Program Showcase: Screening/Early Intervention

DMEC Staff@Work

Health Matters: The Bottom Line on Preventive Health Behavior

By Case Escher, Alexa Galluzzo, Robin Halverson, and Karla Thommen

Health & Productivity Team
The Partners Group

Every year, employers analyze the previous year’s cost data and find that 5% of the insured population drove 50% of plan costs. Often, 1% of insureds are responsible for 25% of total costs!1 What is driving their need for healthcare services? What can be done to manage their medical costs, while maintaining or even improving their treatment and outcomes?

Identifying large claims is standard practice in the healthcare industry, but rarely does it have a significant impact on managing future costs. It is a reactive, rearview mirror look to assess the size of the pothole you just hit. Typically, the top 5% of health plan costs can be attributed to catastrophic accidents and new cancer diagnoses. While employers take measures to manage the cost of continuing treatment for these hardships, initial costs have already been incurred. Future interventions have limited impact.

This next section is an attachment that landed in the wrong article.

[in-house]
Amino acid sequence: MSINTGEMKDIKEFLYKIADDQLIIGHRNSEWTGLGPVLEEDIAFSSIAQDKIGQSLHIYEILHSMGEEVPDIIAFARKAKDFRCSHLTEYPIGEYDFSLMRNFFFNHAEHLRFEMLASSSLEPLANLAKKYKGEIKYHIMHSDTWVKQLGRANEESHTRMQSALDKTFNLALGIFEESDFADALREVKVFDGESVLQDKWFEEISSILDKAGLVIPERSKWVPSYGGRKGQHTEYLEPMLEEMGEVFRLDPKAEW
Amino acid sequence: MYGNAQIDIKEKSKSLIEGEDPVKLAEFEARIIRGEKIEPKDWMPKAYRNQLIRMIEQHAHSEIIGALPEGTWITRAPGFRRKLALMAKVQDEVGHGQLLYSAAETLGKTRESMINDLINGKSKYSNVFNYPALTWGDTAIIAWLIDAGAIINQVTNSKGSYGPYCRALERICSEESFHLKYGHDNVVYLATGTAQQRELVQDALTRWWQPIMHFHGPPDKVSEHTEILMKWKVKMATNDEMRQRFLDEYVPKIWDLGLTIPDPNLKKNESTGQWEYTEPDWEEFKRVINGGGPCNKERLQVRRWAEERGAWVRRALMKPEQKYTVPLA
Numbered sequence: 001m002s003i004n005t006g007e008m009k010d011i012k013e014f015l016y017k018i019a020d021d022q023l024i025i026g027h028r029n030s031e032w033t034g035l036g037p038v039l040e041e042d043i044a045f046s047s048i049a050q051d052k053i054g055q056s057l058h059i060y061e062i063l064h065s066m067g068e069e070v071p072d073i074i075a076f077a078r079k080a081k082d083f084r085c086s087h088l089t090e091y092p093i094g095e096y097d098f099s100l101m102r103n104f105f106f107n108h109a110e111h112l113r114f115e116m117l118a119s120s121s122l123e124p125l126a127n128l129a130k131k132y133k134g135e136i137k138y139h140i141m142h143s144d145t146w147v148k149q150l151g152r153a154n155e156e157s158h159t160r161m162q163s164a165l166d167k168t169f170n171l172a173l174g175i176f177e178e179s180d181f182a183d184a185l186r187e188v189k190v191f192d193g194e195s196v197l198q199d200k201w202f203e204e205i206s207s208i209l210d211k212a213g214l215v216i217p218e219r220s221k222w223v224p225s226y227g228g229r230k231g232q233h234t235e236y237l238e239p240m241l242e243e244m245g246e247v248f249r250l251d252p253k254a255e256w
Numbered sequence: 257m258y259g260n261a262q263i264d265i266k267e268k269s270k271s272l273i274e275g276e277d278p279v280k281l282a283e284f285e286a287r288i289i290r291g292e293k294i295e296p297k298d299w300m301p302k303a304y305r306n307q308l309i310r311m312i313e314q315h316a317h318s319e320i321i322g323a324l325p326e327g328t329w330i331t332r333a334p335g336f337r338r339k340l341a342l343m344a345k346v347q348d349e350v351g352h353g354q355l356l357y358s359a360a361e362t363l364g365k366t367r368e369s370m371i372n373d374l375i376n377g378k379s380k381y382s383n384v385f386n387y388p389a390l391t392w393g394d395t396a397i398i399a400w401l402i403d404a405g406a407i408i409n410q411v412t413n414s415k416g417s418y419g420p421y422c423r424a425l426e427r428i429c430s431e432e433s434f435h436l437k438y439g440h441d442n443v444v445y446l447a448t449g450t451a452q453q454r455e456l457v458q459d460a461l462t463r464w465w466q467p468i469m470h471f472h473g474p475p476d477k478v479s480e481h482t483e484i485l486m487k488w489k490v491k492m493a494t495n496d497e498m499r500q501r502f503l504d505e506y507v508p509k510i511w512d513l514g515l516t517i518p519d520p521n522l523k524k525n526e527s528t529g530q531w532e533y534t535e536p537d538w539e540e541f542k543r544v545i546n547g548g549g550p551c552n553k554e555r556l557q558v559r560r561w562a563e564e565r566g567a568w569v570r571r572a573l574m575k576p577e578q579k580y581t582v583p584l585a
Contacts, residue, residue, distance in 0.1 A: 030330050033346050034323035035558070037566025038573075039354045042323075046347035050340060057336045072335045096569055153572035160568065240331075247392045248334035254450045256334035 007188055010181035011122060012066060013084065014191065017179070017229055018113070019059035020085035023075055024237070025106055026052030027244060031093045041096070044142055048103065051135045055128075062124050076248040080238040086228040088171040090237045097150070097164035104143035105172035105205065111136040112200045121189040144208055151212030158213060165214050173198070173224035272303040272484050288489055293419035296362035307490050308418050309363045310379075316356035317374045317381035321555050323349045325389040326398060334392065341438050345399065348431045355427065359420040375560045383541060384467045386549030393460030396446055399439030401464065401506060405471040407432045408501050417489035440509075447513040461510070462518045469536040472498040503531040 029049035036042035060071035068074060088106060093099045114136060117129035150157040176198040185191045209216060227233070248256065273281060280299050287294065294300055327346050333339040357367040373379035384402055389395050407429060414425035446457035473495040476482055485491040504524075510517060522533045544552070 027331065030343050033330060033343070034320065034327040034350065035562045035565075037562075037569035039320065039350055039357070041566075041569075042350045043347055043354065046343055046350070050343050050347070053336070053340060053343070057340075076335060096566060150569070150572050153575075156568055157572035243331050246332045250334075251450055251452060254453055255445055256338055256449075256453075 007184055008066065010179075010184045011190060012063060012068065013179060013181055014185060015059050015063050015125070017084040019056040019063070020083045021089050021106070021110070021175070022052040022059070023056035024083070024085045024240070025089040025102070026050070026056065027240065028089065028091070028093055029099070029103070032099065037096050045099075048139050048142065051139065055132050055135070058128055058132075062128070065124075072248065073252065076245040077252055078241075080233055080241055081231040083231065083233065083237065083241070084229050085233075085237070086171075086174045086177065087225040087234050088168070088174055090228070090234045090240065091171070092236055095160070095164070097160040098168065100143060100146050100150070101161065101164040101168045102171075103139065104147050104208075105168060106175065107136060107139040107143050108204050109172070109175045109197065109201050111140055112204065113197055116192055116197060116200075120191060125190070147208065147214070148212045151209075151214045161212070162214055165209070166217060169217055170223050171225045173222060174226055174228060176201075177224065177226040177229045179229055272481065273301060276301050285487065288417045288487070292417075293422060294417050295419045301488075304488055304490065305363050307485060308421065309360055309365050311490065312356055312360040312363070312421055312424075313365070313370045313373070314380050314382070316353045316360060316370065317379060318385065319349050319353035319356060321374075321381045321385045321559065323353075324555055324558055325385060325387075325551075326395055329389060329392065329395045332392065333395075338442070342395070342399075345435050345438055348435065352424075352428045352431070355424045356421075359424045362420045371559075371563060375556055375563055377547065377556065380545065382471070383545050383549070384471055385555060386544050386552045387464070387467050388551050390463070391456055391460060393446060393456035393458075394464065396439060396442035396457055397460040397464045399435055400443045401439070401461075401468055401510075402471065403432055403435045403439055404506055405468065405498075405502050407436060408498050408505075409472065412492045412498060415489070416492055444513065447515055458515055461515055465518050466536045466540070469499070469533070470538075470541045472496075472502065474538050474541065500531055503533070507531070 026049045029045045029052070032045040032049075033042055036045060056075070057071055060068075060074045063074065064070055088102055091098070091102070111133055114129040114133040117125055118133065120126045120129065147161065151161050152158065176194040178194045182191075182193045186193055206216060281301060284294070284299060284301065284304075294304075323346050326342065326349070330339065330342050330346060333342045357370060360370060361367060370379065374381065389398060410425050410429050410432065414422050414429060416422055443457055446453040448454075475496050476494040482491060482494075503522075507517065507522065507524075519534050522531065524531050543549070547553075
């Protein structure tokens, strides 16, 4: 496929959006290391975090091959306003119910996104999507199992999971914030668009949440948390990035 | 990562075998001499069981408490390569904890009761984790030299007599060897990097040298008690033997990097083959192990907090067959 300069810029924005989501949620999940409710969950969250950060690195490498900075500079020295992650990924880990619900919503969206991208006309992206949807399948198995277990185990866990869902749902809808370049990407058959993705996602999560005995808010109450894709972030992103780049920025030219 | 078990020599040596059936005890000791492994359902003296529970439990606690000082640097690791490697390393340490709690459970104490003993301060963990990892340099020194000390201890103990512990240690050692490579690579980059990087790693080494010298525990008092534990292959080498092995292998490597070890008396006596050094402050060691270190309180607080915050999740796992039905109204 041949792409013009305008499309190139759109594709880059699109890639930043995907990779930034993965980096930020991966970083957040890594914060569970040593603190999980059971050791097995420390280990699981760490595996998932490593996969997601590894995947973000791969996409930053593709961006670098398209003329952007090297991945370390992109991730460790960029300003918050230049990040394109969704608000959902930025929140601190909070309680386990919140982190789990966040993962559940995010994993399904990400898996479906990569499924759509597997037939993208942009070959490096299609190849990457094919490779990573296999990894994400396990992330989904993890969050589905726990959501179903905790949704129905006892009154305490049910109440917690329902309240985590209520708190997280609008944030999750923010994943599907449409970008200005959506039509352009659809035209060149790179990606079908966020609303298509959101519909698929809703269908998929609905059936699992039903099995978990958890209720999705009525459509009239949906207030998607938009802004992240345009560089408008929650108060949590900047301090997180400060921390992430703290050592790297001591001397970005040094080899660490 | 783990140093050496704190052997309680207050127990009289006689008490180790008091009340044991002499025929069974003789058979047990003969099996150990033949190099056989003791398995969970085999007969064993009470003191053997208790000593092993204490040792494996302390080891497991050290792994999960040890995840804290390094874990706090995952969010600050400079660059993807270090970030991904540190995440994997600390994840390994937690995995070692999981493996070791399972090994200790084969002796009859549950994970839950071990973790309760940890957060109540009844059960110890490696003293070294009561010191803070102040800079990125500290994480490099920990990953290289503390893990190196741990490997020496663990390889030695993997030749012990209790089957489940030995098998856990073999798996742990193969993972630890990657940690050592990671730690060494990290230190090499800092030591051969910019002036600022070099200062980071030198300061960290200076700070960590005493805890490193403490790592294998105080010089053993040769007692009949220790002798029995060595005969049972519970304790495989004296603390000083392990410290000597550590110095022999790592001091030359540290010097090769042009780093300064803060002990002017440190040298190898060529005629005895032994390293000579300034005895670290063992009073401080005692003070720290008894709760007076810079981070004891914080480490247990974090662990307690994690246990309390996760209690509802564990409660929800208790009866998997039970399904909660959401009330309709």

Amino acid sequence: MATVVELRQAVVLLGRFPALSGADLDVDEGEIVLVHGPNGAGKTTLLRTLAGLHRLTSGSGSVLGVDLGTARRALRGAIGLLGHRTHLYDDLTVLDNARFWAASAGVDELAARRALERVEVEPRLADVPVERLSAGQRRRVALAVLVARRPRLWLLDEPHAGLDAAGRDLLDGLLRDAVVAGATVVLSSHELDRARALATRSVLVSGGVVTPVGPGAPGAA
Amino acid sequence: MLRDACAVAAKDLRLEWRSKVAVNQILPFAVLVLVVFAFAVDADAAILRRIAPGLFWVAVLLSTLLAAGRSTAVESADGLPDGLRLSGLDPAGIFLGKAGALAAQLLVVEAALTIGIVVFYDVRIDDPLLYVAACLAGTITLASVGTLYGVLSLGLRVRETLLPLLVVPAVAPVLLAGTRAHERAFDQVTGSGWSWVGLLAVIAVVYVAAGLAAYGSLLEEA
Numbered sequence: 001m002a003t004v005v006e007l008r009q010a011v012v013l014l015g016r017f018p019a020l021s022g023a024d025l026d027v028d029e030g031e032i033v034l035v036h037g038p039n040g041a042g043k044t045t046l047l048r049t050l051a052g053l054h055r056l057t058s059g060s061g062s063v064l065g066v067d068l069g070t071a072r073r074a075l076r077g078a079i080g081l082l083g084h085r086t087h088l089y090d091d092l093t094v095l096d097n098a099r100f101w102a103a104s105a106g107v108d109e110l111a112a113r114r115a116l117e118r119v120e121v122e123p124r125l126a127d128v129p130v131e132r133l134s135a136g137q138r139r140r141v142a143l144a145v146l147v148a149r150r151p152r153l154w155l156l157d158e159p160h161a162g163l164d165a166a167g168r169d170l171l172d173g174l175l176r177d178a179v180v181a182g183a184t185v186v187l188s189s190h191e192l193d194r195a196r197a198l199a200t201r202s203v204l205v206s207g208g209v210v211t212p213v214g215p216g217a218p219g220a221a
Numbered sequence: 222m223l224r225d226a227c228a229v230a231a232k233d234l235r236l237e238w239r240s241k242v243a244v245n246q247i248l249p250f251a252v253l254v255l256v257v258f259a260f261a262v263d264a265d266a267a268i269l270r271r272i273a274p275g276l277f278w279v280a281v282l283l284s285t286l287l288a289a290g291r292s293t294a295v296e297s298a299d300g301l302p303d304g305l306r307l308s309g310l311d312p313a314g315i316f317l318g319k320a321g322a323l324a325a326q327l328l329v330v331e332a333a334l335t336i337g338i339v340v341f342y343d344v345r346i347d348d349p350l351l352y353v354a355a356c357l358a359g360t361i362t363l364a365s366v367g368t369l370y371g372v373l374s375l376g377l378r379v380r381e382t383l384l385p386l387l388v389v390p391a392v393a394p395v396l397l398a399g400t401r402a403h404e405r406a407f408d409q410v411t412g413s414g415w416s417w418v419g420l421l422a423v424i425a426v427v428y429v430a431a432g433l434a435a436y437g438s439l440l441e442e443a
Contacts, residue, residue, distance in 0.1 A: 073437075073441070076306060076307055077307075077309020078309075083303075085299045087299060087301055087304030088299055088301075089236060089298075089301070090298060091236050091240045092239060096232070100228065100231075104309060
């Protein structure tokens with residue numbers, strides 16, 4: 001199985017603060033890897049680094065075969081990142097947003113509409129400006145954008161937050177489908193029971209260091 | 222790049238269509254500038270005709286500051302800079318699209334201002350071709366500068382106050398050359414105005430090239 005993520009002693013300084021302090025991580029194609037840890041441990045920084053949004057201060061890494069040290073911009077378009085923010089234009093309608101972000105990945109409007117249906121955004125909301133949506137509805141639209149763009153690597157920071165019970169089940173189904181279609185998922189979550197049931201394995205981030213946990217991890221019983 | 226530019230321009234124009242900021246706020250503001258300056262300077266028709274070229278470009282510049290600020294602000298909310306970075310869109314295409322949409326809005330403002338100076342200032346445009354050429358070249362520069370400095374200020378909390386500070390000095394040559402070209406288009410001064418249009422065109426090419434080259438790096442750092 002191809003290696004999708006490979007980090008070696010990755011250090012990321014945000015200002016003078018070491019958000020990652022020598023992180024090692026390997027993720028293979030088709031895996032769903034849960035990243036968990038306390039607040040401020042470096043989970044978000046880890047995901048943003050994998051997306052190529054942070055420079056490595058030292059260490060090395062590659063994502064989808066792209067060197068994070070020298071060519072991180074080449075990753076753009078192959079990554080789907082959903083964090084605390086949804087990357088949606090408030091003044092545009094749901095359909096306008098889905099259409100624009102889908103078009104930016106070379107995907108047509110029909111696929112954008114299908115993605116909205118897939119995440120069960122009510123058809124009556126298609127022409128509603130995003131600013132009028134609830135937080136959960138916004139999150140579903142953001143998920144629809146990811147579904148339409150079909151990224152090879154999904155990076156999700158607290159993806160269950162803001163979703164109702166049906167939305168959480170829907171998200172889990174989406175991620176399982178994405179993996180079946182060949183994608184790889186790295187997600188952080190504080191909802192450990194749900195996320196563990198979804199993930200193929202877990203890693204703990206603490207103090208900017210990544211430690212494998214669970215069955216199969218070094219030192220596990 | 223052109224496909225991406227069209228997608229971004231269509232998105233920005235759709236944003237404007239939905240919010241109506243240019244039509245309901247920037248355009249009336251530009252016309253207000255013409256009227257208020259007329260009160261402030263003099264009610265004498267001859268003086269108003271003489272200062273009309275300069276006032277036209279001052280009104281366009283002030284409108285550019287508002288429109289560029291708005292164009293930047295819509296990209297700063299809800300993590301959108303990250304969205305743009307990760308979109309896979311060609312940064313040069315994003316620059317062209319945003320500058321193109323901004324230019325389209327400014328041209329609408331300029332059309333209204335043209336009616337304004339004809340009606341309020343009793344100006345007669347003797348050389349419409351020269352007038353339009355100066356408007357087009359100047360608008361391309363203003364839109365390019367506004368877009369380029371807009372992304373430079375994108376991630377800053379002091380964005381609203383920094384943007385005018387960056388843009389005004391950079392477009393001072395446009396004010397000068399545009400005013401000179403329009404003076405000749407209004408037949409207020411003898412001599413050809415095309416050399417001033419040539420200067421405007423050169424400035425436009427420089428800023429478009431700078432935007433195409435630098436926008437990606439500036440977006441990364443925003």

If you want new outcomes, you need new solutions. How can we keep an ardent eye on the windshield to avoid the next rut up the road? And even if employers can predict the future, how can they change it?

Stay Ahead of the Curve

How much can early detection improve outcomes and cost from a cancer diagnosis? Survival rates are as low as 53% for some stage III colon cancers and only 11% for metastatic stage IV.2 Mean per-patient cost in the first year after diagnosis for stage I is less than half the first-year cost of colon cancer diagnosed at stage IV, a savings of almost $60,000.3 Detecting and treating cancer at an early stage can and does save lives, as well as money (Figure 1). Considering that one in 22 U.S. men will develop colon cancer this year, the cost savings of early detection are significant for any health plan budget. Savings for early diagnosis and treatment for breast, prostate, and lung cancers follow the same pattern. These cancers, along with colorectal cancer, were the most frequently occurring in 2017.4

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